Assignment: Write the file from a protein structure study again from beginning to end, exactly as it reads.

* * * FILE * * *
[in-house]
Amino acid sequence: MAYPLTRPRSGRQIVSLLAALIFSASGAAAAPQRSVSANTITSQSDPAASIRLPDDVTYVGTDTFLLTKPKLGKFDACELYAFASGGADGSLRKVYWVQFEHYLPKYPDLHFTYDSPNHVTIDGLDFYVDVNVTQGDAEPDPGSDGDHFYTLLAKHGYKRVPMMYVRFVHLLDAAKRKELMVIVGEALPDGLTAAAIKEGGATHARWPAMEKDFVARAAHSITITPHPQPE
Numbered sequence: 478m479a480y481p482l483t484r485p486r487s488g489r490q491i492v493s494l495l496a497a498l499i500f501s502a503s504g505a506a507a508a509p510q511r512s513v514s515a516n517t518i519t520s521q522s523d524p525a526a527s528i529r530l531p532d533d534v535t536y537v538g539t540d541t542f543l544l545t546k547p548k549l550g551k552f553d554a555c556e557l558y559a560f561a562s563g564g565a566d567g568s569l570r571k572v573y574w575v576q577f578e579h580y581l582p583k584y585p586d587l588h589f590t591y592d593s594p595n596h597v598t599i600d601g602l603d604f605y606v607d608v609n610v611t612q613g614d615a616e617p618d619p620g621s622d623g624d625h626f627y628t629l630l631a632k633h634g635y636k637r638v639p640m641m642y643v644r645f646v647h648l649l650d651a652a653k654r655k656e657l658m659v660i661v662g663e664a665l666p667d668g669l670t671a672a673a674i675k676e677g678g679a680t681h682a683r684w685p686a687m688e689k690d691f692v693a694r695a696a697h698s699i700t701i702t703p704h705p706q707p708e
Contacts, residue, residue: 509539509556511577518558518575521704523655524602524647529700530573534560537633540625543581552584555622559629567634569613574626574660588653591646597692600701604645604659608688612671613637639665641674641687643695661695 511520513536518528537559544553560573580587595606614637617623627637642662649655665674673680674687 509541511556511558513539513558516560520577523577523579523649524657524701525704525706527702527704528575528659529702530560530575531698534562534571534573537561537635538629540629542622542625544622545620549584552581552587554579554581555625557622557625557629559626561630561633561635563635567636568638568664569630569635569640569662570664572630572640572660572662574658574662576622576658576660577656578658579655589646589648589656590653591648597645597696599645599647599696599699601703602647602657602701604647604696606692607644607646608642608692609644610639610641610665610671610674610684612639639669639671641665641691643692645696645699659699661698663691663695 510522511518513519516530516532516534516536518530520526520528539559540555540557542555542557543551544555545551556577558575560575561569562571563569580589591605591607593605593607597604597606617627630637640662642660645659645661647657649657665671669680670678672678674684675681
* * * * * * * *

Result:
[in-house]
Amino acid sequence: MAYPLTRPRSGRQIVSLLAALIFSASGAAAAPQRSVSANTITSQSDPAASIRLPDDVTYVGTDTFLLTKPKLGKFDACELYAFASGGADGSLRKVYWVQFEHYLPKYPDLHFTYDSPNHVTIDGLDFYVDVNVTQGDAEPDPGSDGDHFYTLLAKHGYKRVPMMYVRFVHLLDAAKRKELMVIVGEALPDGLTAAAIKEGGATHARWPAMEKDFVARAAHSITITPHPQPE
Numbered sequence: 478m479a480y481p482l483t484r485p486r487s488g489r490q491i492v493s494l495l496a497a498l499i500f501s502a503s504g505a506a507a508a509p510q511r512s513v514s515a516n517t518i519t520s521q522s523d524p525a526a527s528i529r530l531p532d533d534v535t536y537v538g539t540d541t542f543l544l545t546k547p548k549l550g551k552f553d554a555c556e557l558y559a560f561a562s563g564g565a566d567g568s569l570r571k572v573y574w575v576q577f578e579h580y581l582p583k584y585p586d587l588h589f590t591y592d593s594p595n596h597v598t599i600d601g602l603d604f605y606v607d608v609n610v611t612q613g614d615a616e617p618d619p620g621s622d623g624d625h626f627y628t629l630l631a632k633h634g635y636k637r638v639p640m641m642y643v644r645f646v647h648l649l650d651a652a653k654r655k656e657l658m659v660i661v662g663e664a665l666p667d668g669l670t671a672a673a674i675k676e677g678g679a680t681h682a683r684w685p686a687m688e689k690d691f692v693a694r695a696a697h698s699i700t701i702t703p704h705p706q707p708e
Contacts, residue, residue: 509539509556511577518558518575521704523655524602524647529700530573534560537633540625543581552584555622559629567634569613574626574660588653591646597692600701604645604659608688612671613637639665641674641687643695661695 511520513536518528537559544553560573580587595606614637617623627637642662649655665674673680674687 509541511556511558513539513558516560520577523577523579523649524657524701525704525706527702527704528575528659529702530560530575531698534562534571534573537561537635538629540629542622542625544622545620549584552581552587554579554581555625557622557625557629559626561630561633561635563635567636568638568664569630569635569640569662570664572630572640572660572662574658574662576622576658576660577656578658579655589646589648589656590653591648597645597696599645599647599696599699601703602647602657602701604647604696606692607644607646608642608692609644610639610641610665610671610674610684612639639669639671641665641691643692645696645699659699661698663691663695 510522511518513519516530516532516534516536518530520526520528539559540555540557542555542557543551544555545551556577558575560575561569562571563569580589591605591607593605593607597604597606617627630637640662642660645659645661647657649657665671669680670678672678674684675681